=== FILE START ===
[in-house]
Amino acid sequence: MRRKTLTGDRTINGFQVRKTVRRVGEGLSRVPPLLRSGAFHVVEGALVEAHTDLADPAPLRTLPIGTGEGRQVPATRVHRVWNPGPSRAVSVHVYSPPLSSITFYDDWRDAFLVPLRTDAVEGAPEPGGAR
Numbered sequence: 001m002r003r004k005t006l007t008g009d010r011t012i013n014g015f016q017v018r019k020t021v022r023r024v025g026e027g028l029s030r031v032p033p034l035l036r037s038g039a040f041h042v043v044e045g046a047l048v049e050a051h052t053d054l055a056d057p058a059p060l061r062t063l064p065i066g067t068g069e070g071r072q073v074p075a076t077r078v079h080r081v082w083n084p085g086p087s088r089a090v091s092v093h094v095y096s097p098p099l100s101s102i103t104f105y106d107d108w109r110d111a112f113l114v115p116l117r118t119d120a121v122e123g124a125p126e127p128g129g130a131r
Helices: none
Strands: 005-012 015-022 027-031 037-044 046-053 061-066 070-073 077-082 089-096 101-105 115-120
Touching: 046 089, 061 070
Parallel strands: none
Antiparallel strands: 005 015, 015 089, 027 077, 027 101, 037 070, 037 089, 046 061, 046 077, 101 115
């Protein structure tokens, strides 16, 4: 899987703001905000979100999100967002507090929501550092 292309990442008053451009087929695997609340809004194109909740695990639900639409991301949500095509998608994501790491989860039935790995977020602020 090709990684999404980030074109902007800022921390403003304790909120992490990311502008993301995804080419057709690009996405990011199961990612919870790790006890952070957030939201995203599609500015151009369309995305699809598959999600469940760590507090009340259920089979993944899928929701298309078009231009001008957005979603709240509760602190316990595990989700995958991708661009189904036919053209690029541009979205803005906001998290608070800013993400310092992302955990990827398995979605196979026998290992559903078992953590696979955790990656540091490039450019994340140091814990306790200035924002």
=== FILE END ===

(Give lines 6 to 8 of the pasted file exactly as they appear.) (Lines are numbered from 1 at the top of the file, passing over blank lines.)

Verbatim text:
Touching: 046 089, 061 070
Parallel strands: none
Antiparallel strands: 005 015, 015 089, 027 077, 027 101, 037 070, 037 089, 046 061, 046 077, 101 115